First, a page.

POND are known for their psych-pop grandiosity, but their newest album ‘9’ was created with more than just their psychedelic sound in mind.
Photos by Olivia Cummings
POND, the sister band of Tame Impala, set their own terms as trailblazers of the psych-pop genre with Nick Allbrook’s sonically charged vocals. They have been gaining their own momentum in the ever-growing Aussie music scene since their debut release Hobo Rocket via Spinning Top Records in 2013.
Lyrically, 9 takes POND into uncharted territory. Allbrook’s songs here take a more impressionistic tack than before, resulting in both the hilarious one-liners within "Human Touch’s Gonzoid Thrash" (sample lyric: “she was jacking a car but she seemed quite nice so I let her use the toilet in my place”) and the social and environmental concerns of blissed out closer "Toast," which addressed both last year’s bush fires and the appalling wealth divide in Allbrook’s childhood home in Western Australia.
Above all though, what you get from 9 is a sense of creative abandon and just plain fun. If it was only a fraction as enjoyable to make as it is to listen to then they must have been having a hoot.
The Perth natives have always had the perfect infusion of fuzzy psychedelia, electro pop, and Krautrock but you’ll never guess what they pick up on our newest installment of Shoplifting.
"We're in a nostalgic mood today. For years we’d do these things and try to show everyone how we are super into music that wasn't rock or modern music or whatever. Now we are just going back and choosing stuff we used to listen to, it’s funny." - Jay "GUM" Watson
Jay “GUM” Watson - Vox, guitar, keys, drums, synthesizer
I've never heard this, really, but it's a live album by The Groundhogs. There was another Road Hogs in there, but that was from 1987. This was a better year for The Groundhogs and I know half of the songs. I really like the two albums Split and the one before it is Thank Christ for the Bomb and I used to listen to them heaps when I lived with Joe in our share-house. And I don't know, it's just a really unique kind of rock music. There weren't any other bands that sounded like them from that time frame. Not deliberately weird, but just kind of like odd heavy rock music, late 60s, early 70s stuff. I still really like it. Like lots of the bands I used to listen to back then, when I go back and listen to them, they don't blow me away anymore. But I still really like listening to these guys, especially that album Split. “Cherry Red” is on that album. And also Split Part Two is really good. I'm just keen to hear this. They're one of those bands where their records are pretty much just them playing live anyway, so It's cooler even than the albums here. They just remind me of the early days of POND when I lived with Joe and Nick. This is the sort of stuff, this is pretty much the only sort of stuff, we used to listen to.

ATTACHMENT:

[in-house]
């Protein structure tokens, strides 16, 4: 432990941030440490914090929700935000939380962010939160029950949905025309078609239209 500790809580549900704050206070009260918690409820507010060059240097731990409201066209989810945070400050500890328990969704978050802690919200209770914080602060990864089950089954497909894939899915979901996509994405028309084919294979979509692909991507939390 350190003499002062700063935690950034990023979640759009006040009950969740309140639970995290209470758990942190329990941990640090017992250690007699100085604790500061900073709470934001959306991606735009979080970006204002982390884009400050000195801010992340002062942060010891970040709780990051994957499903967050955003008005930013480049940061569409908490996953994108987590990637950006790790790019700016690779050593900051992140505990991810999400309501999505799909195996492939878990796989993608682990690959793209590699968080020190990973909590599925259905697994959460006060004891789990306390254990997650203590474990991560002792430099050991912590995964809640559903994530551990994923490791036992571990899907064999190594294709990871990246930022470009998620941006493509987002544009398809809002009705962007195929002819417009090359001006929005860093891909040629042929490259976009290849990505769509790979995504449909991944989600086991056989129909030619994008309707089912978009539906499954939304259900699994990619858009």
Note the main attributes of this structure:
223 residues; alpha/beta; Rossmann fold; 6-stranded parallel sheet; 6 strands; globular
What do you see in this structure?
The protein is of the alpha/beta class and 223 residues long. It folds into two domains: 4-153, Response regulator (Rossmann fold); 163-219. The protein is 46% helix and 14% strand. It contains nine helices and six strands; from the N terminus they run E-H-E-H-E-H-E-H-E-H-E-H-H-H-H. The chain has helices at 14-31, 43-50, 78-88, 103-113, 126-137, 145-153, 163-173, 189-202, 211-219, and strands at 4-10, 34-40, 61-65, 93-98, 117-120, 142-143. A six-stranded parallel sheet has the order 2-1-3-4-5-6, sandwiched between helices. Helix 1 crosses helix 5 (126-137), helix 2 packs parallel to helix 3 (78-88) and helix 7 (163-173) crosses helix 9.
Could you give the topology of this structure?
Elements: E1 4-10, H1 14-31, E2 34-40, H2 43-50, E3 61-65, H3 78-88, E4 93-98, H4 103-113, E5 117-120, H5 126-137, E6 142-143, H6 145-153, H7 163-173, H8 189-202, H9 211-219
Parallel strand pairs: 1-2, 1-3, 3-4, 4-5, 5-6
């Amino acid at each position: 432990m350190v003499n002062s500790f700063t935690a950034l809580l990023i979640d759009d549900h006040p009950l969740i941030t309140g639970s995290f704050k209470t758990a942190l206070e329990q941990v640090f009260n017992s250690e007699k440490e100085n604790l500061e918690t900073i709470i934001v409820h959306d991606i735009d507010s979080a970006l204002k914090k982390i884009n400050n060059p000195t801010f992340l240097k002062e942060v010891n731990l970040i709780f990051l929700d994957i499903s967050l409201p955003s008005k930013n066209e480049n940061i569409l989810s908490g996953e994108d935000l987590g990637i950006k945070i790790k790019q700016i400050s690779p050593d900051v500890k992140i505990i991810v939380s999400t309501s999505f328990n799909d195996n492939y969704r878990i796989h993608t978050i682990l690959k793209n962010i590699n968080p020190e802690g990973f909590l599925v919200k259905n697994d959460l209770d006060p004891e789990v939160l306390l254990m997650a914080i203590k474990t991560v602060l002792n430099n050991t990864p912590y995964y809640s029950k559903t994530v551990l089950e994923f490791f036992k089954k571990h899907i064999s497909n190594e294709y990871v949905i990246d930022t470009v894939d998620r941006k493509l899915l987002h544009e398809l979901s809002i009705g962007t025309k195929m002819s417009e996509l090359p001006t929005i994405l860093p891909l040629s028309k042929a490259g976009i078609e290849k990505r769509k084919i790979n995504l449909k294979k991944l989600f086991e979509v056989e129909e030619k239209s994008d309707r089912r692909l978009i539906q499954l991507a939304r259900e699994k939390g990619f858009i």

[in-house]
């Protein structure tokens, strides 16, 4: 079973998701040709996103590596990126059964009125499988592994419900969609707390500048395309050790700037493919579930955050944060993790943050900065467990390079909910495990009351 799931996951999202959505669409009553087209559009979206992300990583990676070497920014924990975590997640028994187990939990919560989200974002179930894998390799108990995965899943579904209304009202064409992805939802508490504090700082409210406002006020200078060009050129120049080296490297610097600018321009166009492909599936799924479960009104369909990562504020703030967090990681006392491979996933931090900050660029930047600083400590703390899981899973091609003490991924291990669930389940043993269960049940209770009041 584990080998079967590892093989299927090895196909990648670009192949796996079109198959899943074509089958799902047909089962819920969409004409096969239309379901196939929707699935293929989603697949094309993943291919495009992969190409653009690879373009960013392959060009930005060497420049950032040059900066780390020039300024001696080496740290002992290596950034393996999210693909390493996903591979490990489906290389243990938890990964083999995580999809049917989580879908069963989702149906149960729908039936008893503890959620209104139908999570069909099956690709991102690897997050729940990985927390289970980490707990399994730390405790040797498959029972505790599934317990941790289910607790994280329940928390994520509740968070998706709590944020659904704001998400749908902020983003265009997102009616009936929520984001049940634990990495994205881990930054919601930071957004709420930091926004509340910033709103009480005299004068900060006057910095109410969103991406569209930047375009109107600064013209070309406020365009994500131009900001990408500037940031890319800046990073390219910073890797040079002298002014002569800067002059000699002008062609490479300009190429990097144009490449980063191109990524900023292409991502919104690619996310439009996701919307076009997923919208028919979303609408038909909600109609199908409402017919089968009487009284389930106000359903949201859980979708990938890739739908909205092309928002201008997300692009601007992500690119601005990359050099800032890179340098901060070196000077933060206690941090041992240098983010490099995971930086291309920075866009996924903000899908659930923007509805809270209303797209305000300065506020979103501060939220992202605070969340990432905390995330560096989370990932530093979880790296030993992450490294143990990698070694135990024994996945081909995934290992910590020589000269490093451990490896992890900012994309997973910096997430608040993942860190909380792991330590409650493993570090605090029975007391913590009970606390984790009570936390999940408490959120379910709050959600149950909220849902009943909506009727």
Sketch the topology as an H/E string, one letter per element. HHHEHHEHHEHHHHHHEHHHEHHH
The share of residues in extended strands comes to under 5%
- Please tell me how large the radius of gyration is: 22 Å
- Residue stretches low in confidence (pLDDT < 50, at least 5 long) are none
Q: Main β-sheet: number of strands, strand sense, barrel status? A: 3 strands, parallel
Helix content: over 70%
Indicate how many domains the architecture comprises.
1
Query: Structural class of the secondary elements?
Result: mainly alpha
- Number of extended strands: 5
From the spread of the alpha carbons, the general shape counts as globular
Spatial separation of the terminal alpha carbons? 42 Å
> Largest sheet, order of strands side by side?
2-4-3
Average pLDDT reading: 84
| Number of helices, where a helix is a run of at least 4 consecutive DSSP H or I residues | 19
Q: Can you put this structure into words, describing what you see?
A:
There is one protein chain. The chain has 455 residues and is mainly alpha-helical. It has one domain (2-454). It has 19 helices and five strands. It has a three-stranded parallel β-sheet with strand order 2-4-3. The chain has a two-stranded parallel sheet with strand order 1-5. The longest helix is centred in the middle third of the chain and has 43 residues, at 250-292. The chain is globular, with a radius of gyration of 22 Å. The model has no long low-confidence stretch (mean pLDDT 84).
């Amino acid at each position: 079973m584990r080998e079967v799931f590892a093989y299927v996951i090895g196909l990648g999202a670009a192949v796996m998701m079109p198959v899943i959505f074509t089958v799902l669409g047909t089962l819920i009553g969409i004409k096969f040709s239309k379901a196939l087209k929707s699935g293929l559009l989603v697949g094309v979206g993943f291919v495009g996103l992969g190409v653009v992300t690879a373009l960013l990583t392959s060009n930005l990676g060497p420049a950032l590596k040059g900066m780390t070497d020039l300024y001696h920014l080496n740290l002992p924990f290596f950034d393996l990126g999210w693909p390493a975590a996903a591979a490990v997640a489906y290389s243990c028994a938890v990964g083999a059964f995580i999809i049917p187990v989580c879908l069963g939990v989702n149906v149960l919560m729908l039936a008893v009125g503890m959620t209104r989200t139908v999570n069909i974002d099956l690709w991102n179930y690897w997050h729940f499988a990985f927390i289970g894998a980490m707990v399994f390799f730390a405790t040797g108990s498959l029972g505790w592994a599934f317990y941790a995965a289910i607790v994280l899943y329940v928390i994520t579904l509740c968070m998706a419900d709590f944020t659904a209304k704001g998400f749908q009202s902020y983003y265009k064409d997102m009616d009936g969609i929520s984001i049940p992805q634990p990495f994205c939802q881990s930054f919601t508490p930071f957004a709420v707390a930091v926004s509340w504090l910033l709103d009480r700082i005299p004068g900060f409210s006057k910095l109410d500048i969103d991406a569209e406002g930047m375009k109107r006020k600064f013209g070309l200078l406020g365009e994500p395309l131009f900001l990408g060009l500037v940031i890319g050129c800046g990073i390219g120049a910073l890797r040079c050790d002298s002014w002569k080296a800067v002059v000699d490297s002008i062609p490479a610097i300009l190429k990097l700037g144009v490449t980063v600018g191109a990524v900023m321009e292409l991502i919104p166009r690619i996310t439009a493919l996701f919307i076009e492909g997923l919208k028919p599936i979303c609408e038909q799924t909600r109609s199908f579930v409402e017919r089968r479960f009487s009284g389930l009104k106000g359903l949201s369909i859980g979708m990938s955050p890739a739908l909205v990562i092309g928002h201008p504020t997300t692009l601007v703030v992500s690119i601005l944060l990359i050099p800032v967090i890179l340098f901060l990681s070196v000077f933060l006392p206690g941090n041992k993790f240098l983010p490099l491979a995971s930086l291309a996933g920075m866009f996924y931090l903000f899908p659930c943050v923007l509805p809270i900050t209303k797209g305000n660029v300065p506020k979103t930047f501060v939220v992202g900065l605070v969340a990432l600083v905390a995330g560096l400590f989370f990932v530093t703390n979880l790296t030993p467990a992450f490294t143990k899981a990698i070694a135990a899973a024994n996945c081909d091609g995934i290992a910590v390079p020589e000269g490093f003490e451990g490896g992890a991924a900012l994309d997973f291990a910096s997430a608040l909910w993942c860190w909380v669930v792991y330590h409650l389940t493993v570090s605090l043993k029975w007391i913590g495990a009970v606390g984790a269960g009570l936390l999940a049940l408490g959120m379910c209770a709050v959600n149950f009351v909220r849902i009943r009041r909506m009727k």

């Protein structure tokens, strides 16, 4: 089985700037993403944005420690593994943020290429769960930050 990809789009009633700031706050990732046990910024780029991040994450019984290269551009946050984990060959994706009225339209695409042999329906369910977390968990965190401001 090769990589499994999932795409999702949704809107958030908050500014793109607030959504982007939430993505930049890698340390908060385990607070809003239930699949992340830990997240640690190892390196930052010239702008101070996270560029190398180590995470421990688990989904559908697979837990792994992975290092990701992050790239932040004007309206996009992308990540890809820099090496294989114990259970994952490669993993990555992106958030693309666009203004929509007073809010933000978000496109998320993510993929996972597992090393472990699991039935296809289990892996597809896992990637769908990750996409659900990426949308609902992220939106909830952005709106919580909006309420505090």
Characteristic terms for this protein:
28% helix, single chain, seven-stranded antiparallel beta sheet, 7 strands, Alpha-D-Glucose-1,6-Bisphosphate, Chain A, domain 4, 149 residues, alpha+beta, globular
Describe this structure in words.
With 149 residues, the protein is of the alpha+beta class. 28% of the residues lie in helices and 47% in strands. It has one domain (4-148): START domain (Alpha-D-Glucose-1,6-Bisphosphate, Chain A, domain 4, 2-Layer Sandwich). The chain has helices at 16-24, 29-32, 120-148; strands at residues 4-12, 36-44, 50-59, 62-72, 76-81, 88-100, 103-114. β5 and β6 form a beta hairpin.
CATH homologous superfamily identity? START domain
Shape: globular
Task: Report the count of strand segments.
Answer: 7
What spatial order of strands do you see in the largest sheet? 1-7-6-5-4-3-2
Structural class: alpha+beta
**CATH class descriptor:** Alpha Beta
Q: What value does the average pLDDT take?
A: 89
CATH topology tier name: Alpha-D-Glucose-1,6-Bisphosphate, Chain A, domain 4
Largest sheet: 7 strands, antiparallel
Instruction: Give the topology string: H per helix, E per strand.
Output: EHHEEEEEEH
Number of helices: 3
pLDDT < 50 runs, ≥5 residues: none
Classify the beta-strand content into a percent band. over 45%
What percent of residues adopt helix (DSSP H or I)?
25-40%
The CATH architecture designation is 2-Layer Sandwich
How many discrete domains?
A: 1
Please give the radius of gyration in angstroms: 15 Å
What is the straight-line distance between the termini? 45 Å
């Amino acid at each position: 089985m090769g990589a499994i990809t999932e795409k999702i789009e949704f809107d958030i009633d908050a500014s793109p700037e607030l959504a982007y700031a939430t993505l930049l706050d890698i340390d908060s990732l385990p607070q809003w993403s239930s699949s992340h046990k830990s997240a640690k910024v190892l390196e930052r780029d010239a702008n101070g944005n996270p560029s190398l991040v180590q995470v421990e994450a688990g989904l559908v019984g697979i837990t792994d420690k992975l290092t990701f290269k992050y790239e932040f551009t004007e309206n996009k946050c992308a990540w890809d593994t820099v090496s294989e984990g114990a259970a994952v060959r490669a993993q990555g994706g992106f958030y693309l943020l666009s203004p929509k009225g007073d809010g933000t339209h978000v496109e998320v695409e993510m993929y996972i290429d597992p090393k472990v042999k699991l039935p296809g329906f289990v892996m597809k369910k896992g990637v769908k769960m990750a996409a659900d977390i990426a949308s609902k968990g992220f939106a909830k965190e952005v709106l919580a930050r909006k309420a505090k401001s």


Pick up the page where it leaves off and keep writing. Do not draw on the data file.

Jethro Tull - This Was
Shiny Joe Ryan - vox, guitar, bass
Another classic high rotation record from our share-house with Nick, Jay, and myself. Funnily enough, we kind of used to dress like these guys on the back from all the op-shop [vintage store]. We would just get stuff atl the op-shop all the time. But, yeah, a classic album. “Song for Jeffrey” that's a hella good one. The whole album's pretty bloody good, though. That's it just a classic sharehouse, high rotation record from the past. I still listen to it every now and then.
Nick Allbrook - vox, guitar, keys, bass, flute
I chose Pieces of Man by Gil-Scott Heron. It’s one of my favorite albums. It's probably taught me a lot about actually playing music. I've been trying to learn Brian Jackson's flute solo from “Save the Children.” It's going pretty well. I mean, obviously I can't do it because he's amazing and I'm not, but yeah, I love it. It's beautiful, it's touching, it's hardcore.
Jamie Terry – keys, bass, synth, organ
Well, to be honest, I mostly chose this one because I wanted it and I want to take it home with me because I have been listening to it on the reg and I love it. I think she is one of the most exciting artists in the pop world. But I feel like the pop music she makes is pushing the boundaries. It's very interesting sonically, and the mix of more traditional Catalan or Spanish music with modern production sensibilities is very groundbreaking and very interesting. When she was just sort of on the come up, she played after POND on the same stage at Glastonbury. So this was probably five, six years ago and I tried to convince the other boys to hang around and check it out, but they hadn't heard of her yet, and they didn’t, but I did. And it was mind-blowingly good. I know that they regret it. Great cover, too. Can't wait to see what she does next. And seems like she wants to push it, which is very important.